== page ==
Ecofriendly Cool: Insulate With Wool, Cork, Old Denim and More
There are few alternatives to this fiberglass and foam products used to insulate roofs and walls until relatively recently. Most of us leave the somewhat dull topic of insulation to builders or contractors anyway — after all, you barely buy insulation for appearances.
But the topic of insulation is warming up, both for environmentalists and homeowners. Have a peek at some of the best ecofriendly insulation options — could one work for your home?
Bud Bartley Custom Homes
The Fundamentals. Foam and fiberglass are the most common kinds of insulation now. Foam products no longer utilize harmful chlorofluorocarbons (CFCs), but they do utilize hydrochlorofluorocarbons (HCFCs) — better compared to CFCs but still damaging to the ozone layer.
Engineered production uses 20 to 25 percent recovered glass cullet, whilst mineral wool utilizes 75 percent recovered slag. But, both still have controversial health risks, so that they will need to be carefully and expertly handled.
Fiber insulation materials (like cellulose, fiberglass, mineral wool and cotton) tend to get a lower environmental impact compared to foam-plastic insulation materials, but they don’t have as high a per-inch R-value (an amount of thermal resistance).
kimberly peck architect
Factors. Fixing your home’s insulation with a more ecofriendly substance is worthwhile only when it betters your home’s energy efficiency. Do your research to make sure your home has the highest R-value for your specific ailments.
The fiberglass windows in this eco-friendly project were selected due to their very high R-value.
24-Inch SheepRoll Natural Wool Insulation Roll – $57.60
Option Insulation Types
Wool. Natural, renewable and sustainable sheep’s wool insulation requires a fraction of the power to produce compared to its engineered counterparts.
Unlike lace, wool is safe to handle and easy to install. Since wool fibers are breathable, they can absorb and release moisture without reducing thermal performance, unlike fiberglass. Wool has an R-value of about 3.5 to 3.8 per inch of material thickness (about 0.3 to 0.6 points higher than most fiberglass insulation).
Bonus: Sheep’s wool is noncombustible, meaning it can help slow the progress of a fire in a home.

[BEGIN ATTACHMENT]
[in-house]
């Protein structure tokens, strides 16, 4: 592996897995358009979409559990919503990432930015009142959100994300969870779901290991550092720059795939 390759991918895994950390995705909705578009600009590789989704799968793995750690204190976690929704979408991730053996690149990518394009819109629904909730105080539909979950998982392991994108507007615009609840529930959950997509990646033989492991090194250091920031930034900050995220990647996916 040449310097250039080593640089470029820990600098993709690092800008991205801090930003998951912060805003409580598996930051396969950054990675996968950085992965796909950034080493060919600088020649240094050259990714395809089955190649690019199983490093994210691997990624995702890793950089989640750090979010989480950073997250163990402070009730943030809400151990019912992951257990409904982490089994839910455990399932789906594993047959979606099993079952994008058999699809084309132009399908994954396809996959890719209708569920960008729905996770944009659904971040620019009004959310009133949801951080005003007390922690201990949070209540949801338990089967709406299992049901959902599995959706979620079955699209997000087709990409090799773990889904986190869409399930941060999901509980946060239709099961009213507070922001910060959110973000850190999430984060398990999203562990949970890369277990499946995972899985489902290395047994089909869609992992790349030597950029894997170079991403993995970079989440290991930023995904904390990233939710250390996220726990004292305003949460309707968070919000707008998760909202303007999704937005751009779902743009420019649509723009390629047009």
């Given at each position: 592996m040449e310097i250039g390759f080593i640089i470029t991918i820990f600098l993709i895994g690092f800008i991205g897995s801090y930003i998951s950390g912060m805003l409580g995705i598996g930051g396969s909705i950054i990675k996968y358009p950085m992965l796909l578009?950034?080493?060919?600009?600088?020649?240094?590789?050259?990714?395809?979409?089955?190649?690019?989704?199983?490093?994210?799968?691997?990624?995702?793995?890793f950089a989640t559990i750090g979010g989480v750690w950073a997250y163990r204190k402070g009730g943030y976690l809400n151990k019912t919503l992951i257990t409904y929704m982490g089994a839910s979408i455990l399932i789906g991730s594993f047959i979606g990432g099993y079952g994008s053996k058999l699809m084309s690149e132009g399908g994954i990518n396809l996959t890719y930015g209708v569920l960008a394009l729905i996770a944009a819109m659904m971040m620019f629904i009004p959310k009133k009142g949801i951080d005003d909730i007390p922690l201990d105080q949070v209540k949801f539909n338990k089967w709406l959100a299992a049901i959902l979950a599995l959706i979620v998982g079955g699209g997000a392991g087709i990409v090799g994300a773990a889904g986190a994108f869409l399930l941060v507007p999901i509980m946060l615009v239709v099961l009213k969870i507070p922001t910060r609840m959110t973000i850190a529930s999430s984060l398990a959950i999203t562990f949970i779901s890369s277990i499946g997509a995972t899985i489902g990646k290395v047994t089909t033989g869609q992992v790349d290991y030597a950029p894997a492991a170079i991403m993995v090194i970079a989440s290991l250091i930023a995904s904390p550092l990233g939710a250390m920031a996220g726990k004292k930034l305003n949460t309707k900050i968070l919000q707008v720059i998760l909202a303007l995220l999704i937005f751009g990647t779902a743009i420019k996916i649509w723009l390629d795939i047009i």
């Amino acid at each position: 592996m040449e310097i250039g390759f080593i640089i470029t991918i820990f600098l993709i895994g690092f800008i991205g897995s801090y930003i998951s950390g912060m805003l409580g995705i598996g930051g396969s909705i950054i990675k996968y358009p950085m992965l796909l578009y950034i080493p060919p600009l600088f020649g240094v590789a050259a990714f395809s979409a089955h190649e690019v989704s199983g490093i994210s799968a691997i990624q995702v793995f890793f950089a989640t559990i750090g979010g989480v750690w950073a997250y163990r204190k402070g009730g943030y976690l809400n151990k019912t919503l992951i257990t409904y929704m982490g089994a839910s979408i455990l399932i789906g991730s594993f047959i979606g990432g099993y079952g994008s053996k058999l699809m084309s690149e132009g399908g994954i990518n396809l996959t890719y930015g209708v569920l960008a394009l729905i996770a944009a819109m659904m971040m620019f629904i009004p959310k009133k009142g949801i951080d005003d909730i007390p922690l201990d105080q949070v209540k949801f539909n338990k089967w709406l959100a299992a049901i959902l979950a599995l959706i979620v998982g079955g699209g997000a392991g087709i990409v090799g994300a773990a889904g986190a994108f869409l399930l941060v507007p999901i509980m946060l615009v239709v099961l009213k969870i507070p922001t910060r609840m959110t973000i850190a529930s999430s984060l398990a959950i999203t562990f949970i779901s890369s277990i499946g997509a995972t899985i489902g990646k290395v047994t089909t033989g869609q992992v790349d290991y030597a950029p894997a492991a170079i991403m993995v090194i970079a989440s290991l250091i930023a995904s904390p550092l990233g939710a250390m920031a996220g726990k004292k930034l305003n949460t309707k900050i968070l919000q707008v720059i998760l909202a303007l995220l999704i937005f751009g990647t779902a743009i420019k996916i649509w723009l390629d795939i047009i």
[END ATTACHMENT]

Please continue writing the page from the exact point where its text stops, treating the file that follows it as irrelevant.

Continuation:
UltraTouch Denim Insulation
Cotton. Many forms of cotton insulation today are created out of recycled blue jeans. Unlike fiberglass, this type of insulation is formaldehyde free. And according to Build It Green, it delivers exactly the exact same insulation performance as fiberglass.
Like cotton, wool insulation is much safer to handle than fiberglass and offers superior acoustic qualities also. The downside is that it costs about twice as much as fiberglass. But, its sturdiness and long life could make it worth the cost.
Kessick Wine Cellars
Cork. Most of us are knowledgeable about cork on walls and floors, but do you realize this elastic material may be used for insulation, also? Cork granules are sold in bags, which makes them great for awkward interruptions or strange joist spacing. Since they’re loose and not packed tight, the granules usually do not be the ideal option for drafty distances, where they can blow around.
A cellar is a fantastic spot for cork insulation. This specific wine storage cellar has bamboo floor to aid with climate management.
Discover the Unstoppable Benefits of Cork for the House
Supaloft Green Recycled Polyester Insulation
Recycled plastic. Plastic bottles today can help reduce our electricity bills. Supaloft Green is a itch-free sustainable insulation quilt; 90 percent of it is constructed of recycled plastic bottles. This product is produced in the uk, but there may be a similar product or neighborhood supplier near you.
A Tough Look in Recycled Plastic for the House
Living roof. Whenever it’s not yet a replacement for most traditional types of insulation, a living roof can reduce indoor noise up to 40 decibels. It can reduce indoor summertime temperatures by 6 to 8 percent, cutting down on ac costs.
It offers no insulation benefits in wet weather, but the plant helps trap blowing snow for insulation benefits. Additionally, it protects your roof, extending its life expectancy. Plus, it’s much better to look at than asphalt!